Nike Plans to Lay Off 2% of Employees, Eliminating Over 1,500 Jobs in Plains of Broad Restructuring

Nike announced late Thursday that it will cut 2% of its current workforce, equating to over 1,500 jobs, as part of a broader restructuring initiative.

The sneaker giant, headquartered in Beaverton, Oregon, expressed its intention to reallocate capital towards key growth areas such as running, women’s products, and the Jordan brand.

The layoffs will be implemented in two phases, with the first phase beginning this week and the second phase concluding by the end of Nike’s fiscal fourth quarter, typically ending in May.

However, cuts in Nike’s EMEA region will follow a different timeline due to local labor regulations. While the specific departments affected by the layoffs remain unclear, Nike assured that retail employees in its stores and warehouse workers will not be impacted.

CEO of Nike
Nike CEO John Donahoe

This decision comes amidst a backdrop of consumer spending caution and an anticipated slowdown in demand within the retail industry, particularly for non-essential items like apparel and footwear—areas where Nike traditionally excels.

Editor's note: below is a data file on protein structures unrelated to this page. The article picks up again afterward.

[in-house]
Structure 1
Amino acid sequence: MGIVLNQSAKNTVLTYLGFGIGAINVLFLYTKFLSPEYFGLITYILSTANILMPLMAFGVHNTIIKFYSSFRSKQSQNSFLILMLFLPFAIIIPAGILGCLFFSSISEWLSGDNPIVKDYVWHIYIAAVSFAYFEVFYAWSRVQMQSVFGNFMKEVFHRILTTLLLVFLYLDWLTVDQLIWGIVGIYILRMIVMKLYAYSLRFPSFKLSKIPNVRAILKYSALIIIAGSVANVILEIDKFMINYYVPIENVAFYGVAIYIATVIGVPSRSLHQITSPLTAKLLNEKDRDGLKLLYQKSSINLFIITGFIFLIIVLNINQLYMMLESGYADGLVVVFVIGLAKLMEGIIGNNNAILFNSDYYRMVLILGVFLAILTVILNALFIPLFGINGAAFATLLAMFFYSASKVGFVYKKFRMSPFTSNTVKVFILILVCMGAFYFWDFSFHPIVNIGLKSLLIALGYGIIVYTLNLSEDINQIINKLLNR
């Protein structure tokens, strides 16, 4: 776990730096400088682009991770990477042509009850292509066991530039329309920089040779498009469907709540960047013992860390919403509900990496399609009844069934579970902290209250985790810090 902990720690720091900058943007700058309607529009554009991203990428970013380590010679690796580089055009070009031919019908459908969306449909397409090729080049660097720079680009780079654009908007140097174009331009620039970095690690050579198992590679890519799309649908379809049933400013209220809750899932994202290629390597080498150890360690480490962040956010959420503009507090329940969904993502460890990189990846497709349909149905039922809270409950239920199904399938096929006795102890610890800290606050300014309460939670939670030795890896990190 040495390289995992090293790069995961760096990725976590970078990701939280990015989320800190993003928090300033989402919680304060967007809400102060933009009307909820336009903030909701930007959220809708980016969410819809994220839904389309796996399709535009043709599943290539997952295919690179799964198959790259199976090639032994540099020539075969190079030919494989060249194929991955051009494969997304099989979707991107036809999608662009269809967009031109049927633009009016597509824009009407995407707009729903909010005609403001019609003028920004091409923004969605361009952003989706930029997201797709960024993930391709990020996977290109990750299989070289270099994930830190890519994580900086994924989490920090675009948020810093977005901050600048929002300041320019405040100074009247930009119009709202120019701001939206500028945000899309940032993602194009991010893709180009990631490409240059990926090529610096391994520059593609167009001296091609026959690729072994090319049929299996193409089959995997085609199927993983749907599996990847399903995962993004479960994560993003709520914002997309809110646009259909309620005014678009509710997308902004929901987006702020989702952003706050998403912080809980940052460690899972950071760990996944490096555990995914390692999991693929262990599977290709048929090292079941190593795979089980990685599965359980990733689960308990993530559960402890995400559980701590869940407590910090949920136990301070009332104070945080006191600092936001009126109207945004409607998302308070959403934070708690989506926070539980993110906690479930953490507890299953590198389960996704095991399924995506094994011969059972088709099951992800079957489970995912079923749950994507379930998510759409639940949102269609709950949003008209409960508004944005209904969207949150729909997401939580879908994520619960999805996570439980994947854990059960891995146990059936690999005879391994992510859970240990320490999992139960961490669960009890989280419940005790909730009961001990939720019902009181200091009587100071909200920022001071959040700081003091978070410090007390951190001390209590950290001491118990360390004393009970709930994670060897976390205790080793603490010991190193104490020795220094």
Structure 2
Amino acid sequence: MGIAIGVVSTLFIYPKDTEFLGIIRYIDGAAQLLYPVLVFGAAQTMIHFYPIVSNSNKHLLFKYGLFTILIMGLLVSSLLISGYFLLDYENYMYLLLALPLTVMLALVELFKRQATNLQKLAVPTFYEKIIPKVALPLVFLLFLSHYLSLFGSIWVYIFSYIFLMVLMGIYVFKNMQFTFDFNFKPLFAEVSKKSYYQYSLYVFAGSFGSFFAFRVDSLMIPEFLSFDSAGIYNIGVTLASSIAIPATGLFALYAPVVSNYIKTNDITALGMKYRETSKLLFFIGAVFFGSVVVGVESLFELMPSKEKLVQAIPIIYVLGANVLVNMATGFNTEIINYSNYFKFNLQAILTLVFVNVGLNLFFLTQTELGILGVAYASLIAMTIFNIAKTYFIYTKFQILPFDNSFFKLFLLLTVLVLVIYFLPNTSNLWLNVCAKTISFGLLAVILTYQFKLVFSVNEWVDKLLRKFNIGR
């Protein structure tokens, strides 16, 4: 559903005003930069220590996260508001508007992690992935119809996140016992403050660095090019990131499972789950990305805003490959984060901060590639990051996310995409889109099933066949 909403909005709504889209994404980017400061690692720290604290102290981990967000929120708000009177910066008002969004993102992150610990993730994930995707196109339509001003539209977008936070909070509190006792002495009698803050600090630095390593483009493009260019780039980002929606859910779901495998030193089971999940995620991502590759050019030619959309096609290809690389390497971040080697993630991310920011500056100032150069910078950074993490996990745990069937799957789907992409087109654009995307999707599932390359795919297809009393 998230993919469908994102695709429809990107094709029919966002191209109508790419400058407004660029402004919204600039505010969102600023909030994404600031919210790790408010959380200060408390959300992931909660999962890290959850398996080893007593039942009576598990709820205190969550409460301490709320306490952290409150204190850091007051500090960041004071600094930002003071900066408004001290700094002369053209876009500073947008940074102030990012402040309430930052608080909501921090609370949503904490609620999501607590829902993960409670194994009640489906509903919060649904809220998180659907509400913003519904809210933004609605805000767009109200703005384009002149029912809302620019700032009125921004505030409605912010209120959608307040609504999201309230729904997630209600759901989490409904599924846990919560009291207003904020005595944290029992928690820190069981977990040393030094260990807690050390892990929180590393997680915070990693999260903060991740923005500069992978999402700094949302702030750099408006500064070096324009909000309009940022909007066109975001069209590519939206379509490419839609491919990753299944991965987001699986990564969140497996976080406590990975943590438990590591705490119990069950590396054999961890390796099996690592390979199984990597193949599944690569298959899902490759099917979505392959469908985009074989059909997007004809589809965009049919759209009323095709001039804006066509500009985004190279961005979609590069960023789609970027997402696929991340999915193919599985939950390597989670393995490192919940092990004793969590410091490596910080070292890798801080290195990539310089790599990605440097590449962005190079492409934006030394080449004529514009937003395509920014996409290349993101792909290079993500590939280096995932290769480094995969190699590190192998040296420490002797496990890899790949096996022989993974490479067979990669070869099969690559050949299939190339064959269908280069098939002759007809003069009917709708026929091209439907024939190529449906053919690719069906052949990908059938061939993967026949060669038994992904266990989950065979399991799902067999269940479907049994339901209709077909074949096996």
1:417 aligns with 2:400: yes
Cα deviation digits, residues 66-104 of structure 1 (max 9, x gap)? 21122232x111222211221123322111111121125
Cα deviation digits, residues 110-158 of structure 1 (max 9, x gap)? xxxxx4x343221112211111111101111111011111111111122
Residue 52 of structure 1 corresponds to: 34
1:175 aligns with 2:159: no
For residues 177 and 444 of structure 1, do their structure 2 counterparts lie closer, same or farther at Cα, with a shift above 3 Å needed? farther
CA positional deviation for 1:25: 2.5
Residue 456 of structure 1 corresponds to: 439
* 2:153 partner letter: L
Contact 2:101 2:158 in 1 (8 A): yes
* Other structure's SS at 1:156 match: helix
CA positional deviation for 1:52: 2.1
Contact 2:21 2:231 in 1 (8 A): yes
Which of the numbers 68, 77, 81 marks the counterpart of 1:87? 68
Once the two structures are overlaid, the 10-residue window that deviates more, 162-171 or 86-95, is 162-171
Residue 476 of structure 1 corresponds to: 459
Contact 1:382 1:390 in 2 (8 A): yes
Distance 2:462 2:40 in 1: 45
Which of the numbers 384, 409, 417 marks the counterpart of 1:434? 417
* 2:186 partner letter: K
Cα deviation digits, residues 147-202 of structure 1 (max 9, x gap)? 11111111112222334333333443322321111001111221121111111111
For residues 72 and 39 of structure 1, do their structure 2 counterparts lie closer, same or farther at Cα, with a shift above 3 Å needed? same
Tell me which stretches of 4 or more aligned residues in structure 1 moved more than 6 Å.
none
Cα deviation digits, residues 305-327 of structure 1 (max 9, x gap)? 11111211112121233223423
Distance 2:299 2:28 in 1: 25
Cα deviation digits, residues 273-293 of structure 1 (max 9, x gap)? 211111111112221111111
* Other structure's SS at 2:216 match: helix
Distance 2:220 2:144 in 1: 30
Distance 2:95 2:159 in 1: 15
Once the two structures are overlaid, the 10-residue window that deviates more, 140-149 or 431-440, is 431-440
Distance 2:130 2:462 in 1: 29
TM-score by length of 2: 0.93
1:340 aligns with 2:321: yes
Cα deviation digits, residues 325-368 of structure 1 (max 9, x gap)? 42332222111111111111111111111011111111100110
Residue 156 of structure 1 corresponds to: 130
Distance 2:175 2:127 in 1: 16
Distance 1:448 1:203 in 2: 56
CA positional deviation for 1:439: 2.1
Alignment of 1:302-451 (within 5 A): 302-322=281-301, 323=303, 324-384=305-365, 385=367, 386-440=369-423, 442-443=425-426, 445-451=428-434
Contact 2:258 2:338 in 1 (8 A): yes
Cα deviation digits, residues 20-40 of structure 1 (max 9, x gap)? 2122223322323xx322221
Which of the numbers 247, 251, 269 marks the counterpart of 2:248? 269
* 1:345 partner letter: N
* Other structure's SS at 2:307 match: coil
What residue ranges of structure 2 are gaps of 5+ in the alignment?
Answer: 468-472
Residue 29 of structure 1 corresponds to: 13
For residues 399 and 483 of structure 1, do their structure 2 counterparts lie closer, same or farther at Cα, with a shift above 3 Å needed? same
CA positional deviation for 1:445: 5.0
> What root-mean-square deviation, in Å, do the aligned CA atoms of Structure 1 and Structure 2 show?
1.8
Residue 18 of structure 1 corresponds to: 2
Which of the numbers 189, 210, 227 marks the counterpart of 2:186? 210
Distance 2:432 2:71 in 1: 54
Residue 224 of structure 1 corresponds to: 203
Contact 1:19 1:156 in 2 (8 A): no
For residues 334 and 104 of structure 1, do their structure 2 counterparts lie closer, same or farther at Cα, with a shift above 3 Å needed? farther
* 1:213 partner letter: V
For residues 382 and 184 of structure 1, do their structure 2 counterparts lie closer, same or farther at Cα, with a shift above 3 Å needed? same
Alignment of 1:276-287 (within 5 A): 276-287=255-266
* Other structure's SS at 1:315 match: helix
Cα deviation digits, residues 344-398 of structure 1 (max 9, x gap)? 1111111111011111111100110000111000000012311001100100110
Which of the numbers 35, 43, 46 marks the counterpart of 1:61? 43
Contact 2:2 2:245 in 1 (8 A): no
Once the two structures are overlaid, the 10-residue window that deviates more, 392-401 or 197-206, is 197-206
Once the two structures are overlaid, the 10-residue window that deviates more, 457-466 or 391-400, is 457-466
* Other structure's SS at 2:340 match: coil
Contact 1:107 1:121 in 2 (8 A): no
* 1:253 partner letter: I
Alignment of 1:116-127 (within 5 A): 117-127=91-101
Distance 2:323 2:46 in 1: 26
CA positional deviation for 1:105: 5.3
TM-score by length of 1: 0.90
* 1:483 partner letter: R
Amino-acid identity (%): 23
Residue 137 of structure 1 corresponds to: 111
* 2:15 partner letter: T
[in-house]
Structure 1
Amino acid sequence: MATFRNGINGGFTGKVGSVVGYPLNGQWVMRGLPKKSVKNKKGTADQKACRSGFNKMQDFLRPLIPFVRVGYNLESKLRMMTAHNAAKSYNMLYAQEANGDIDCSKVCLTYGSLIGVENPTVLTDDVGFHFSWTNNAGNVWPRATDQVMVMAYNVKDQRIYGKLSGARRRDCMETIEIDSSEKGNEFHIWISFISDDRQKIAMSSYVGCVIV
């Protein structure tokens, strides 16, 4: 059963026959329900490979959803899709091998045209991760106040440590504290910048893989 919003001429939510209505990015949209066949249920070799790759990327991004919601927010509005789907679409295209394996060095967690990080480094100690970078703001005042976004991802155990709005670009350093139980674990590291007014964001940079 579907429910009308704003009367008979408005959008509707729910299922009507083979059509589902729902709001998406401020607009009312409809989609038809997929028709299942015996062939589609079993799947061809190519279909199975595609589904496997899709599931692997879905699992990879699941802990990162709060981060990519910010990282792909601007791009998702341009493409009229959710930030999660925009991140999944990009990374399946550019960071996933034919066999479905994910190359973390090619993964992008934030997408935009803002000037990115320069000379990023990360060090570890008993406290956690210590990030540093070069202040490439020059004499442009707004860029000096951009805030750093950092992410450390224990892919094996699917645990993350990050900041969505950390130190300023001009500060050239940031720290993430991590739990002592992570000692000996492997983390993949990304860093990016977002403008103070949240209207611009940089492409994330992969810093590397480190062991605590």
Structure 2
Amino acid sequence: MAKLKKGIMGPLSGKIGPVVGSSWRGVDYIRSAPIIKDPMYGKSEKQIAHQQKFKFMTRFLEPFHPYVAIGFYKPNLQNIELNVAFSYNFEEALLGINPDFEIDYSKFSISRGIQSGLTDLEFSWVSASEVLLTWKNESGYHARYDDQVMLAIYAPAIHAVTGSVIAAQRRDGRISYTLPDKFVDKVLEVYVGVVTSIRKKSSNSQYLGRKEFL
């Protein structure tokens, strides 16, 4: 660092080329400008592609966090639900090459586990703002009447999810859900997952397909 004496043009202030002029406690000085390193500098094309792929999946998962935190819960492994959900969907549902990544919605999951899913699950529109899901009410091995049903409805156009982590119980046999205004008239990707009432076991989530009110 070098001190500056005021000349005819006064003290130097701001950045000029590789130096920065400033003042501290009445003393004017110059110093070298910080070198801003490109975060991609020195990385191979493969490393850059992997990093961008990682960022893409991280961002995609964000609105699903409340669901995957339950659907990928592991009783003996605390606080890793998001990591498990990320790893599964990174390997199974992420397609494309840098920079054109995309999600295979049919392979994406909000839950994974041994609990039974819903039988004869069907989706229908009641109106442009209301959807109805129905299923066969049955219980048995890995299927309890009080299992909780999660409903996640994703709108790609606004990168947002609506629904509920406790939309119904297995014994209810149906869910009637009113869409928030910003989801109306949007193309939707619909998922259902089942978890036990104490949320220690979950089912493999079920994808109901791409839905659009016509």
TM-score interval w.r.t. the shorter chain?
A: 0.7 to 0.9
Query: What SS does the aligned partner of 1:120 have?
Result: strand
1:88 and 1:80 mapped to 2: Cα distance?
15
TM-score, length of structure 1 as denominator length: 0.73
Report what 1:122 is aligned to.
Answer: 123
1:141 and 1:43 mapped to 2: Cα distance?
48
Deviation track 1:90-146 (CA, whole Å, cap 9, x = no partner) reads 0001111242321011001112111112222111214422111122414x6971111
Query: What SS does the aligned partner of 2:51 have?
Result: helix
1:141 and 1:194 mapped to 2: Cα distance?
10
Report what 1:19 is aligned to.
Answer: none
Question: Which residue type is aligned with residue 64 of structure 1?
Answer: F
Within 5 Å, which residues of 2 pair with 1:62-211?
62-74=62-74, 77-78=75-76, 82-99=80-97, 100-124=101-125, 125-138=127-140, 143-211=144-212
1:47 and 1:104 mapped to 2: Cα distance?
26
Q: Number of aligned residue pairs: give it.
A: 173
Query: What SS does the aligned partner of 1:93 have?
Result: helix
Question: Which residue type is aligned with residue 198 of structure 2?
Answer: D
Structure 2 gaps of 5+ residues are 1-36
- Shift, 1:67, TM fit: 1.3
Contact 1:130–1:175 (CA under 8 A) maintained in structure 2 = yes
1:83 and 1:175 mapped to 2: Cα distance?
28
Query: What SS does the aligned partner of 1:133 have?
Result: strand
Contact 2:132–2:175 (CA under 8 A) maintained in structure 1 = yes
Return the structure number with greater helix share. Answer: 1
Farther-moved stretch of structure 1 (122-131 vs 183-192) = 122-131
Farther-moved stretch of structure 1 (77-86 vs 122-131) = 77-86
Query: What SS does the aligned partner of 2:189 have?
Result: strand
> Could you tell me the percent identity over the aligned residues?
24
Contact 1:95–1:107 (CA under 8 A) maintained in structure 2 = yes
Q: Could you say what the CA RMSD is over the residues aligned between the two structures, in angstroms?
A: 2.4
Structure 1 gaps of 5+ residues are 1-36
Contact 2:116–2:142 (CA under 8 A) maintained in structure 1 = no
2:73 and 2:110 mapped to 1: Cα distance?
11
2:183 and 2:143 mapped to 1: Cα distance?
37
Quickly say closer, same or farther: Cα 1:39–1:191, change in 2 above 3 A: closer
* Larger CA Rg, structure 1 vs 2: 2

In December, Nike unveiled plans for a comprehensive restructuring aimed at reducing costs by approximately $2 billion over the next three years.

This included revising sales forecasts in anticipation of decreased demand and adjusting to shifts in online sales patterns and promotional strategies.

Part of the restructuring involves simplifying the product lineup, increasing automation and technological integration, streamlining organizational structures, and leveraging the company’s scale to enhance efficiency.

Nike shares
Layoffs phased, starting this week; EMEA cuts follow local laws.

Reports from The Oregonian before the restructuring announcement indicated that Nike had already been discreetly laying off employees across various divisions in preparation for the broader restructuring. The extent of the total job cuts at Nike since December remains undisclosed.

Following the announcement, Oppenheimer downgraded Nike’s performance rating and adjusted its price target downward for the next 12 to 18 months, citing factors such as sluggish consumer demand, limited innovation in production, and heightened competition.

Nike CEO Donahoe assured that affected employees would receive comprehensive support packages encompassing financial assistance, healthcare benefits, and outplacement services.

Sajda Parveen
Sajda Parveen
Sajda Praveen is a market expert. She has over 6 years of experience in the field and she shares her expertise with readers. You can reach out to her at [email protected]
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